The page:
The only saving grace in drastically screwing up my holiday dates and arriving in England a week early for a planned holiday with friends was the book I had ordered, with the idea of savouring it on the beach in Cornwall. Luckily, I suppose, I didn’t make it out of London before I realised my mistake. My brother made me a cup of tea – “because I understand that’s what you do in these sorts of situations” – I cried hysterically, bought three more Eurostar tickets and went back to Paris, and to the bakery for another week.
My colleagues teased me only a little, having waved goodbye to me and my overstuffed suitcase only 24 hours previously. The book went in my work bag along with neatly rolled apron, chef jacket and trousers. It was Anne Lamott’s latest journal, about her grandson’s birth and her trip to India, ‘Some Assembly Required.’ On the way home after work I became so lost in her words I missed my metro stop and had to walk back, blinking at the bright sunlight.
Her honest open writing, her willingness and skill in describing her vulnerability, paranoia and love always amaze me, constantly make me laugh. Searching for a quote to read to a friend, I found a good one on every page. Liked a throwaway line about spring:
‘a few cool blue skies, new grass, wildflowers and I’m in love. You’re going to fall for that old magic trick again? Oh, yeah.’
Paris has welcomed me back with a scrubbed-clean spring face. She can be such a tease, playing it cold and distant for months, then just when you think you can cope without her, she magicks up some blossoms, begs for forgiveness. And I fall for it every time.
The sunshine makes all the difference, of course. Suddenly the words are unspooling in my head again, finally my desire to cook for myself has come back, long dormant. I love cooking for friends, guests, presents – but alone, tired, grumpy? Not so much. Rather like a good night’s sleep after a week at work, everything seems shinier in the spring. People seem more attractive. Or maybe the Parisians finally have smiles on their faces as they drink beer by the canal and swing their legs over the water.
So I come home with energy and compassion, and fall on the recipe for Chicken Mole. Inspired by another book I received from a dear friend, ‘Like Water for Chocolate’ – a Mexican tale of magical realism, emotion poured into cooking – the casserole of chicken, tomatoes, paprika and chocolate transmitted all the love and warmth I had been missing over the winter.
Simple enough – you brown the chicken, cook some onions and garlic, add tins of tomatoes and beans and the final touch of chocolate and smoky chilis or paprika. (I snuck in a roasted red pepper and a little extra chocolate as well.) Then stick the pot in the oven for the flavours to bind and deepen for at least an hour and a half. Today I served it over a plain accompaniment of brown rice and devoured half of it standing up by the window. It tasted earthy and wholesome, not specifically of chocolate so much as a complex blend of savoury flavour. Tomorrow I will hunt for ripe avocados and corn tortillas as the recipe suggests, and I cannot wait. I am properly hungry again. It is a good feeling.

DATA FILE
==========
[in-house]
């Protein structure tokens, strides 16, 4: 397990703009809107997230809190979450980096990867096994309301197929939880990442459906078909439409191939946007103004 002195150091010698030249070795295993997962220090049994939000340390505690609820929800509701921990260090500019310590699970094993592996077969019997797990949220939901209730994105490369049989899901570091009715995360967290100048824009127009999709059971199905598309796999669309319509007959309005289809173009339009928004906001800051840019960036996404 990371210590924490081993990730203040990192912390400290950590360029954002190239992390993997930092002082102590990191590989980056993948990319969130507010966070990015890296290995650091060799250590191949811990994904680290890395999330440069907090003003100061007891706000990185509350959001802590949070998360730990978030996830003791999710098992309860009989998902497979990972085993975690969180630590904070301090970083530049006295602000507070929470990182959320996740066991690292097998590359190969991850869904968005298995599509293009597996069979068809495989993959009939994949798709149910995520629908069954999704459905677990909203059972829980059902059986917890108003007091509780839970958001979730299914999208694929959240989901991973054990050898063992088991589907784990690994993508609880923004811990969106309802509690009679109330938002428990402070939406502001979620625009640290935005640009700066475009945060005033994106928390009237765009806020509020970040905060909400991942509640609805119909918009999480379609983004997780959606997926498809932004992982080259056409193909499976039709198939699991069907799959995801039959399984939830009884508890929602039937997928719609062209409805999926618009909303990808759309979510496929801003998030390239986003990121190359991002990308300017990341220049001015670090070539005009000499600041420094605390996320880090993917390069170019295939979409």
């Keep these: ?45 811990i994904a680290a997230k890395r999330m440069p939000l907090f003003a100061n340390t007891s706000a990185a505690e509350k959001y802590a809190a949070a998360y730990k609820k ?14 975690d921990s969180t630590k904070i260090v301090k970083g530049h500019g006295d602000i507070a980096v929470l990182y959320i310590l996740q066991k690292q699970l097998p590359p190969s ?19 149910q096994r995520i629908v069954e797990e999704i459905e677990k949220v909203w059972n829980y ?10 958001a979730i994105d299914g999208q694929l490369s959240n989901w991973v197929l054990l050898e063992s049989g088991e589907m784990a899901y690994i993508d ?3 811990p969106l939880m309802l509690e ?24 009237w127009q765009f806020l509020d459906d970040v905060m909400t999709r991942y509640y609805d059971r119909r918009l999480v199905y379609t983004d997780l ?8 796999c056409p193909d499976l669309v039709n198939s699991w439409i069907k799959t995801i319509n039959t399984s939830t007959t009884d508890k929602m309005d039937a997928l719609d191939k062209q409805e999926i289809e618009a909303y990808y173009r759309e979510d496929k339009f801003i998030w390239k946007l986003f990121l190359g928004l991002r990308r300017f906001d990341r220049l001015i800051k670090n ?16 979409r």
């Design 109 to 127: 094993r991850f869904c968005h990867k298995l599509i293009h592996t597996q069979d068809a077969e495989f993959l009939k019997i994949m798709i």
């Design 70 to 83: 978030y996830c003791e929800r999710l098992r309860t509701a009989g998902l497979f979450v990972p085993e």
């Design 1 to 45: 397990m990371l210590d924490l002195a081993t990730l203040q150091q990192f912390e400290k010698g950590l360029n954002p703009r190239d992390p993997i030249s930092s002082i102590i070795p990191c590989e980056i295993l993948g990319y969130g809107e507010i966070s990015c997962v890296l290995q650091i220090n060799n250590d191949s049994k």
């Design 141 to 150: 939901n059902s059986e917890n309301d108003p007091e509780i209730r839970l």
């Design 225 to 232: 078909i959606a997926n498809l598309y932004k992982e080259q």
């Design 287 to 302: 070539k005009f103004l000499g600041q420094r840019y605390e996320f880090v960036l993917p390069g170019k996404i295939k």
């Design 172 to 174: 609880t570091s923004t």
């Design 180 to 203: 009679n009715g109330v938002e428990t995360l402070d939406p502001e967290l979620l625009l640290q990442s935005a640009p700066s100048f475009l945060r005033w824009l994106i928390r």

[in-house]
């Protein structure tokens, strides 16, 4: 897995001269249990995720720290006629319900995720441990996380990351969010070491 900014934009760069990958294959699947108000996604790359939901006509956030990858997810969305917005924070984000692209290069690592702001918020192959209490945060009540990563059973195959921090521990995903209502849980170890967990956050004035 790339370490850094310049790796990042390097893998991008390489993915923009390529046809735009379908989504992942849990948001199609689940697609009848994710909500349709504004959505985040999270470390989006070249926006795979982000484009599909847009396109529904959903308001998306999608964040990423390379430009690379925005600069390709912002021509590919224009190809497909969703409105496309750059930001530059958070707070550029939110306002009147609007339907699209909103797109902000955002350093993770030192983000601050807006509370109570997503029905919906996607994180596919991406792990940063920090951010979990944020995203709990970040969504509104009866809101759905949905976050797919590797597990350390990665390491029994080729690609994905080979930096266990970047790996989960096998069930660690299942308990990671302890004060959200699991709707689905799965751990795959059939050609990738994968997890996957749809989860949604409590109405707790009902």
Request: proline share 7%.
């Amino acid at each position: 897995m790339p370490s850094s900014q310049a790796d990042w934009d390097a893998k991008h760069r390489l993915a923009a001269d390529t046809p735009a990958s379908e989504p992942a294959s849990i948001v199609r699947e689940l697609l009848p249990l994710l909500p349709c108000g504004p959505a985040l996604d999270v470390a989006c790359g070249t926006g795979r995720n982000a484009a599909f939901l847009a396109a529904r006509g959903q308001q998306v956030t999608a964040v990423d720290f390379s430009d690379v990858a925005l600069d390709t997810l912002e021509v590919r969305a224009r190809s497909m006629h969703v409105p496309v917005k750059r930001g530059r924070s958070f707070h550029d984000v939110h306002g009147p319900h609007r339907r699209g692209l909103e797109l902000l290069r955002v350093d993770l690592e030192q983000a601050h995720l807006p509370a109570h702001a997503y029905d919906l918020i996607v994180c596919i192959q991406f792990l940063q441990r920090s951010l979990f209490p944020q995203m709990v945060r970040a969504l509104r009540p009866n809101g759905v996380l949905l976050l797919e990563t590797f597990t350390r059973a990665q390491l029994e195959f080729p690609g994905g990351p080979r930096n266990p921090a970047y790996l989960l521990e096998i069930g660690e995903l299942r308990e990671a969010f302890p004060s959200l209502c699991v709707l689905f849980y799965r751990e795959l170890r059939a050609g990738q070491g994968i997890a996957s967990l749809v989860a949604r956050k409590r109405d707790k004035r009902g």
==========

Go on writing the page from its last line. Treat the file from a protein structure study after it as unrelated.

Next week I will be on holiday again, for real. The total cost of the aborted trip twists my insides a little, and it may well rain in Cornwall. But if I can hold onto the spring feeling regardless, and listen to the words and recipes growing … if I can weave half as good a story out of it – my seemingly endless screw-ups, my relationship with this tricky city – as Lamott does, then I will be extremely grateful.
from the Green & Black’s ‘Unwrapped’ chocolate recipe book, as inspired by Laura Esquivel’s ‘Like Water for Chocolate‘ – they advise serving with avocado salad and corn tortillas, or, if for vegetarians, replacing the chicken with an extra tin of kidney beans
should serve 4
1 large red pepper
4 chicken legs (thigh and drumstick)
2 tbs olive oil
2 large onions
2 garlic cloves
2 smoked, dried Jalapeno chili peppers, soaked in water
OR 2 tsp smoked sweet paprika
400g tin red kidney beans
400g tin chopped tomatoes
100g dark chocolate, min 60% cocoa solids
Stab the red pepper all over with a fork and bake in a 200C oven until soft and blackened.
Brown the chicken in the olive oil in a large oven proof casserole. After a few minutes, when the chicken has a little colour, add the onions and garlic. When they are translucent, add the beans (with all the liquid in the tin), the tomatoes, 50g of the chocolate. Either chop the dried and soaked chilis and add them in along with the soaking water, or use the smoked paprika. Bring to a simmer.
By this time the pepper should be done. Lower oven temperature to 150C. Remove pepper stalk and seeds, then roughly chop it and add to pot. Cover and place in the oven for at least 90 minutes.
Skim off any fat. Taste and add the rest of chocolate if needed, as well as some salt.